Sunday, February 17, 2008

The New Classic Cove


It seems like every time a southeast wind blows, the Cove becomes a madhouse of watersports enthusiasts. Odd, since the angles are kind of wrong now as the point has morphed over time. If you can find a copy of Kooks of Hazzard II, you'll see some of the Old Classic Cove footage, with mast high bombs peeling down the line for 100s of yards, side offshore wind holding up the faces, windsurf kits skittering across the faces. The New Classic Cove is somewhat, umm, different:


Mushy windswell, side on to onshore wind to swell angles, and a mess of fishing lines, kite lines, and downhaul lines all ready to tangle at a moments notice. Don't get me wrong, it's still really fun to play around in there, and usually the atmosphere is cheerful. When it's actually windy the jumps can be massive, and the wave rides, although mostly backside, can be long and fun. But it's a long way from those video clips I've seen! In defense of the Old Classic Cove, all the old timers claim that it only happens that way once every 6 years, if you're lucky. I've been here for 7, and I've seen the waves, and I've seen the wind, but never at the same time... Luckily, patience is a character trait deeply rooted in the windsurfing and surfing learning curves, and I've learned it well...

Stu (white/blue) and Emmanuel (red) pick off a nice set
So, today, Stuart, Emmanuel, 10-12 kiters, and I enjoyed the New Classic Cove setup in light SSE winds. Mushy knee to head high waves were pushing their way down the point. We sailed 5.4 - 5.8 and new school longboards/sups. Never going fast, unless there was a wave pushing us. 'Twas a "soul-surfing" session! Not too many radical cutbacks on a 12'2" board, that's for sure, but it's still an awful lot of fun, and a great tune-up for highwind conditions!

Emmanuel and Stuart
Mayhem!
Stu

5 comments:

EC said...

I counted at one point 20 kitekooks on the water and half dozen or more string monkeys socializing on the beach!

BTW, i got some pics to email you but need to go home as i don't have Canon software to updload from laptop and 100MB download over wifi aren't my idea of spending a wknd in Hatteras....

Freakin' rain stop, let it blow so we can sail some big waves today!

Mac said...

Guys, tell more about your SUP/sailing set up and that experience. What boards were you using? What was the wind speed? This SUP light wind sailing thing is interesting. Thanks, Mac

stuart proctor said...

Hi Mac,
Andy was using a 12'2" starboard from a couple of years ago; Emanuel was using the new kona 11'5", and I was using the amundson 11'3". The wind was, at its lightest, 5-12mph and 15-18 at its strongest. While it's tough to beat kiting in 15-18/side-on winds, SUP wavesailing rules when it's blowing less than 13mph or when it is side-off and there are long glassy wave faces. I got some rides that put me about 1/2 mi. downwind from where I took off, riding the nose, gybing on "cutbacks", and pumping the board down the faces of the bumps (1-foot waves). IMO If you're going to paddle it is important to get a board with width (apx. 29"+-), whereas if you're just windsurfing width is not an issue (although andy paddles his narrow board very well). No daggerboard necessary, just bury the upwind rail to go upwind. Also, if you are planning on SUP surfing or wavesailing it is important to spend some time in the ocean on a funboard/longboard and to use a skinny mast: wave knowledge/wave ettiquette are extremely important and a SUP board puts a lot of stress on a pogo-sticking mast. Sorry for the long reply - hope it helps. -stp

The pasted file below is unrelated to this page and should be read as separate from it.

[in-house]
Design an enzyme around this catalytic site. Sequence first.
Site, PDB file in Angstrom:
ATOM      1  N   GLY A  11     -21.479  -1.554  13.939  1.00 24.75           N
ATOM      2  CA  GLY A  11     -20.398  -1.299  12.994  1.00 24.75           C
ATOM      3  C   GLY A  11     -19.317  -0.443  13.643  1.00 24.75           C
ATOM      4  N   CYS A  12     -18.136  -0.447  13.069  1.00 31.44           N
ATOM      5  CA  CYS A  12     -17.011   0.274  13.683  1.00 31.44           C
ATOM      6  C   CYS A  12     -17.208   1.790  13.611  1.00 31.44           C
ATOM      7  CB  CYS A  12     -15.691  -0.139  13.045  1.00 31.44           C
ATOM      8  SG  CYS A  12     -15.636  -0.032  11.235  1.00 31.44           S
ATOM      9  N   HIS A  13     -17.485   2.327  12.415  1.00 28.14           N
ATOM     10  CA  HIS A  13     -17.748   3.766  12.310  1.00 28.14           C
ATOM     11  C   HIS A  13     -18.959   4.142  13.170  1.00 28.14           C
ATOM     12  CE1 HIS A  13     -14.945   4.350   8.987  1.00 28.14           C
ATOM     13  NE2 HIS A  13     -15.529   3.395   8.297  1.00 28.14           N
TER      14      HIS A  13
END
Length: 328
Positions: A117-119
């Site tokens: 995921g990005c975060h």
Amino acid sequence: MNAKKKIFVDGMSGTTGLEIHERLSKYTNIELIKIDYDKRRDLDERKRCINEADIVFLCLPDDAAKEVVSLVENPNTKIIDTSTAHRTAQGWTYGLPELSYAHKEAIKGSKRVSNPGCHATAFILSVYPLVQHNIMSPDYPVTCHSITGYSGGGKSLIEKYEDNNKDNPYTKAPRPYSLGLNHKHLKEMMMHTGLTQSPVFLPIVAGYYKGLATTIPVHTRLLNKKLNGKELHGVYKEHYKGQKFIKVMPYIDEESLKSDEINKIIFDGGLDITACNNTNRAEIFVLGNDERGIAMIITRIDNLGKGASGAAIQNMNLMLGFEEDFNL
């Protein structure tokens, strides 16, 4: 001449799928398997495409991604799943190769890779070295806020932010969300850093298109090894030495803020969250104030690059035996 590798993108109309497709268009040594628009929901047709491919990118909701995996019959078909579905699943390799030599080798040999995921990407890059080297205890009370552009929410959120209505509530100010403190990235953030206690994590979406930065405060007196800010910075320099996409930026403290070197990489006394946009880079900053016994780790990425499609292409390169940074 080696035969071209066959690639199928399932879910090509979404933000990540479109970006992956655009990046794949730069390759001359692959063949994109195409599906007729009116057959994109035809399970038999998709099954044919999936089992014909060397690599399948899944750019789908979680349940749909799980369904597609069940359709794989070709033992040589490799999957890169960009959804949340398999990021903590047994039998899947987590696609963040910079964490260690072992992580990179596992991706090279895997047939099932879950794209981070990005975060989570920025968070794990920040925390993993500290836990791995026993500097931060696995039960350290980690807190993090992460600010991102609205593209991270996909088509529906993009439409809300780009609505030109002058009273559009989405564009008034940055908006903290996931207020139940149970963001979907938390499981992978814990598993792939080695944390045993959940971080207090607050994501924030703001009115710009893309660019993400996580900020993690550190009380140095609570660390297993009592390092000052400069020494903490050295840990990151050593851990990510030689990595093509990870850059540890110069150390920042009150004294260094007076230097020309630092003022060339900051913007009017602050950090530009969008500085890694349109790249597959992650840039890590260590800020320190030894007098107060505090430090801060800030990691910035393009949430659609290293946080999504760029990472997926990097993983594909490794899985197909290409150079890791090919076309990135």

Andy said...

Stuart covered most of it! Big boards, small sails no matter what the wind. Usually 4.5 - 6.0 seems reasonable, light enough to whip around and uphaul quickly, but enough juice to move you (albeit slowly). Leave the cambered 8.5 on the beach! Maneuverability tops power on the priority scale!

Big boards feel really stable and safe, so it's easy to go for a cruise in the ocean in moderate conditions. However, even a knee high wave can snap your mast like a twig when there's a 12 foot 30 pound board getting thrown in the mix... So don't let your guard down, and if you fall just climb back up and reach for the uphaul immediately! Get that sail out of the water and you'll be just fine!

SUP sailing (and paddling) make you absolutely skunk proof, and also allow for challenging and fun sessions even when it's only knee high and blowing 4 knots! Or flat water for that matter! Most of these boards double as great lightwind lake cruisers, and perfect follow up boards (to the meter wide behemoths) for the second timer!

Next time you're in Hatteras, look me up for some other real world pointers on how to manage a huge stick in the ocean!

Mac said...

will do....thanks guys!